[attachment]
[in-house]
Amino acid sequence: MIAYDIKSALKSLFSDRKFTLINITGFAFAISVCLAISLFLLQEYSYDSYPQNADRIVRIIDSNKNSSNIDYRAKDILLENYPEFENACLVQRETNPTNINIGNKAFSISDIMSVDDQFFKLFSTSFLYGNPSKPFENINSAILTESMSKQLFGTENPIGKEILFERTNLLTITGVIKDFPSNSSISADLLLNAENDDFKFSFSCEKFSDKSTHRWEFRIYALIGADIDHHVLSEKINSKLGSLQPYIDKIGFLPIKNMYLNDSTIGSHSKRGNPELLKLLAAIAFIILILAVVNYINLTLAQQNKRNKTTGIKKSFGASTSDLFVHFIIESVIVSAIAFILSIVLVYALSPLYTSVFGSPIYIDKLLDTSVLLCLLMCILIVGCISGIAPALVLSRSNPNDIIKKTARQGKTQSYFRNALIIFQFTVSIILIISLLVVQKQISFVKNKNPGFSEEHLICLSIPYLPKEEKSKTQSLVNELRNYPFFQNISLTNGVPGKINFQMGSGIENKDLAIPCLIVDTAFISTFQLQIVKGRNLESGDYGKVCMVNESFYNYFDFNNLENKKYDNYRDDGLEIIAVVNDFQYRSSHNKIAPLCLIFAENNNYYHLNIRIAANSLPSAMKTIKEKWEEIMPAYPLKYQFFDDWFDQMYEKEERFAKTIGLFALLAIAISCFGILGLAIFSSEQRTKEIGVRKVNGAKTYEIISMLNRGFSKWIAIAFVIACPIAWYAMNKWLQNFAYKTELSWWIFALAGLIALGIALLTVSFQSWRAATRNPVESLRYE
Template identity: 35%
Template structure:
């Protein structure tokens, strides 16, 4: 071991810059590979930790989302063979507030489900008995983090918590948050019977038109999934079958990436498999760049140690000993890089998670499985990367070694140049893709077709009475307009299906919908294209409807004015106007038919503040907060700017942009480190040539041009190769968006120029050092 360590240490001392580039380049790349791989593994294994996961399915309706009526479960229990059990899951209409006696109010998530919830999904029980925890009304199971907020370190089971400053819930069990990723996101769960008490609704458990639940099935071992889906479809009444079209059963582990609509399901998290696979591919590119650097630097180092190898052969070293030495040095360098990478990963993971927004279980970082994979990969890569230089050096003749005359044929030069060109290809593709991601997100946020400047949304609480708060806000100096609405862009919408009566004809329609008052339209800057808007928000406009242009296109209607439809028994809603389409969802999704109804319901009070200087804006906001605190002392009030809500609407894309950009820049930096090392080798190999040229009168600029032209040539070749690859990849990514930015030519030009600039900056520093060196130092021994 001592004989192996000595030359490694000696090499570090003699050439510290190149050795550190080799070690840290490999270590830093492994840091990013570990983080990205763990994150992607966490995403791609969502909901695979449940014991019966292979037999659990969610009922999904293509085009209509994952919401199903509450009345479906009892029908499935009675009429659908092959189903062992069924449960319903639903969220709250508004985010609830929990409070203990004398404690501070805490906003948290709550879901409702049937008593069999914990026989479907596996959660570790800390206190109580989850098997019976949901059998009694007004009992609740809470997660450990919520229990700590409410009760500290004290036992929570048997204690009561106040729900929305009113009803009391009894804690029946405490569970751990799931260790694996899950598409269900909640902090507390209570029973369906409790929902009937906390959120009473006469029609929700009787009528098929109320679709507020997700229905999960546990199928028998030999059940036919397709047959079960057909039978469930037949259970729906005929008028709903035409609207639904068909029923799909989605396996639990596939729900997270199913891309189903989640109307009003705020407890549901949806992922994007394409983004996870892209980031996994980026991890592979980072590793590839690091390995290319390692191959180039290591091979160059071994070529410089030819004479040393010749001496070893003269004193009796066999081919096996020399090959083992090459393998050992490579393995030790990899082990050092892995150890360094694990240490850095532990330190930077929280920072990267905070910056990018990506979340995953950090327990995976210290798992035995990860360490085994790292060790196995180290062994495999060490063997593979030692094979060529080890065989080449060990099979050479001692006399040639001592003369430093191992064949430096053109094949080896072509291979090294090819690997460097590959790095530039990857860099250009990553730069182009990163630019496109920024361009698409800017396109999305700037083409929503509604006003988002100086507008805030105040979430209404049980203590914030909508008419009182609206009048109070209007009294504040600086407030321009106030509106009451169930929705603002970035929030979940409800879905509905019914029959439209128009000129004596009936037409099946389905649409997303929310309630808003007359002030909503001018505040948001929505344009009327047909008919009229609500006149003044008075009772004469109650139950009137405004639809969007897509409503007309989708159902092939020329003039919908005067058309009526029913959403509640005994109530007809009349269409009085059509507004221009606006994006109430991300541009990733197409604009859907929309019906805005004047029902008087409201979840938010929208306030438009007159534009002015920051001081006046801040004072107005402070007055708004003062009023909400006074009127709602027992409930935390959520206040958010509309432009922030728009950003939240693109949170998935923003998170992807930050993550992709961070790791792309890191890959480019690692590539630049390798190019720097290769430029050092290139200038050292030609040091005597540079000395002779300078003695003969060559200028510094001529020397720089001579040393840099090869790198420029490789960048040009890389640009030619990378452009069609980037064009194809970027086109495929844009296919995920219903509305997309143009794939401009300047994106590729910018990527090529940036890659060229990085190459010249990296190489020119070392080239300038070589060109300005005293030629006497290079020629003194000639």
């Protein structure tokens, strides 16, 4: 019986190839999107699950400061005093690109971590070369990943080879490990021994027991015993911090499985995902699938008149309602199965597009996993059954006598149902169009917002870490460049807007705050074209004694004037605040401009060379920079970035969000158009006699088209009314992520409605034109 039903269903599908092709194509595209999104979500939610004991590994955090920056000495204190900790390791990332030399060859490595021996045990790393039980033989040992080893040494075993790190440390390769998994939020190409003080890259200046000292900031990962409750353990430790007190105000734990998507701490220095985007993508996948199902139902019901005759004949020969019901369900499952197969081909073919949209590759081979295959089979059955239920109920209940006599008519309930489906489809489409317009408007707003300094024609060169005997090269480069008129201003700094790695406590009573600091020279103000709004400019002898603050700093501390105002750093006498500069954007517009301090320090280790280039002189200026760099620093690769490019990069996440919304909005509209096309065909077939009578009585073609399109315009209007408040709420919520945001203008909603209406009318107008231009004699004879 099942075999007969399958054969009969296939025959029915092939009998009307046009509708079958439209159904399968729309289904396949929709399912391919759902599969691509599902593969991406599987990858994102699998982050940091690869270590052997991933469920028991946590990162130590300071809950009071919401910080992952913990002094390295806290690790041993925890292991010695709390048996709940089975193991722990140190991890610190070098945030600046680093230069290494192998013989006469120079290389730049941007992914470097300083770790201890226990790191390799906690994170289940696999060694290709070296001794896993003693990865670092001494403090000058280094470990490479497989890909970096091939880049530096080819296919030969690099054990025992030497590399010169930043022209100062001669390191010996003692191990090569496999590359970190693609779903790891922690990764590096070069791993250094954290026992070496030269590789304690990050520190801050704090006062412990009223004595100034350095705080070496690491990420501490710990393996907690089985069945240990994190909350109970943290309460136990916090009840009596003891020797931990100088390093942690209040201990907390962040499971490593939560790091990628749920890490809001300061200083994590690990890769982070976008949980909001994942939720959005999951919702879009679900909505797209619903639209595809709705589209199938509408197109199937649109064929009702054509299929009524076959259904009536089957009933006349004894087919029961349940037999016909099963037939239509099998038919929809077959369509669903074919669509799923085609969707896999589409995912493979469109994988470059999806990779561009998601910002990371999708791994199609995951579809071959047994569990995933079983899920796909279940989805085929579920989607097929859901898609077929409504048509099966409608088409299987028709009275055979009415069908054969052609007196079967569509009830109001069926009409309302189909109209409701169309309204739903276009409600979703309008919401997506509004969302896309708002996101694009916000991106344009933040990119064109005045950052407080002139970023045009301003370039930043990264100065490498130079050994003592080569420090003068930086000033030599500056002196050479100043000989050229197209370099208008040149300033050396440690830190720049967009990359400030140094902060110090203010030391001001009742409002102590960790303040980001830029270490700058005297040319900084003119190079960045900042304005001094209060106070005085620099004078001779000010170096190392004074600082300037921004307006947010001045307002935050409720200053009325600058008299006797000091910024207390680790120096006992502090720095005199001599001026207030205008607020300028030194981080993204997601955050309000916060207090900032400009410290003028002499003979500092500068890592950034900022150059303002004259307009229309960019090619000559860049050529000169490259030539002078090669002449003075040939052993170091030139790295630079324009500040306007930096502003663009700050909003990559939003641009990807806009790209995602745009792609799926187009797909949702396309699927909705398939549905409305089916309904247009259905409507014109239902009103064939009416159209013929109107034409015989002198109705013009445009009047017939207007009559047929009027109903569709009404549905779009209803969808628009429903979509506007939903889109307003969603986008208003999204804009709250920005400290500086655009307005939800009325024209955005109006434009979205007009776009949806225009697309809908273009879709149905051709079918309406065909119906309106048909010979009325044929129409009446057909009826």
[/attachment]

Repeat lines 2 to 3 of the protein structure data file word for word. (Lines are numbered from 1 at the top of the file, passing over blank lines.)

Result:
Amino acid sequence: MIAYDIKSALKSLFSDRKFTLINITGFAFAISVCLAISLFLLQEYSYDSYPQNADRIVRIIDSNKNSSNIDYRAKDILLENYPEFENACLVQRETNPTNINIGNKAFSISDIMSVDDQFFKLFSTSFLYGNPSKPFENINSAILTESMSKQLFGTENPIGKEILFERTNLLTITGVIKDFPSNSSISADLLLNAENDDFKFSFSCEKFSDKSTHRWEFRIYALIGADIDHHVLSEKINSKLGSLQPYIDKIGFLPIKNMYLNDSTIGSHSKRGNPELLKLLAAIAFIILILAVVNYINLTLAQQNKRNKTTGIKKSFGASTSDLFVHFIIESVIVSAIAFILSIVLVYALSPLYTSVFGSPIYIDKLLDTSVLLCLLMCILIVGCISGIAPALVLSRSNPNDIIKKTARQGKTQSYFRNALIIFQFTVSIILIISLLVVQKQISFVKNKNPGFSEEHLICLSIPYLPKEEKSKTQSLVNELRNYPFFQNISLTNGVPGKINFQMGSGIENKDLAIPCLIVDTAFISTFQLQIVKGRNLESGDYGKVCMVNESFYNYFDFNNLENKKYDNYRDDGLEIIAVVNDFQYRSSHNKIAPLCLIFAENNNYYHLNIRIAANSLPSAMKTIKEKWEEIMPAYPLKYQFFDDWFDQMYEKEERFAKTIGLFALLAIAISCFGILGLAIFSSEQRTKEIGVRKVNGAKTYEIISMLNRGFSKWIAIAFVIACPIAWYAMNKWLQNFAYKTELSWWIFALAGLIALGIALLTVSFQSWRAATRNPVESLRYE
Template identity: 35%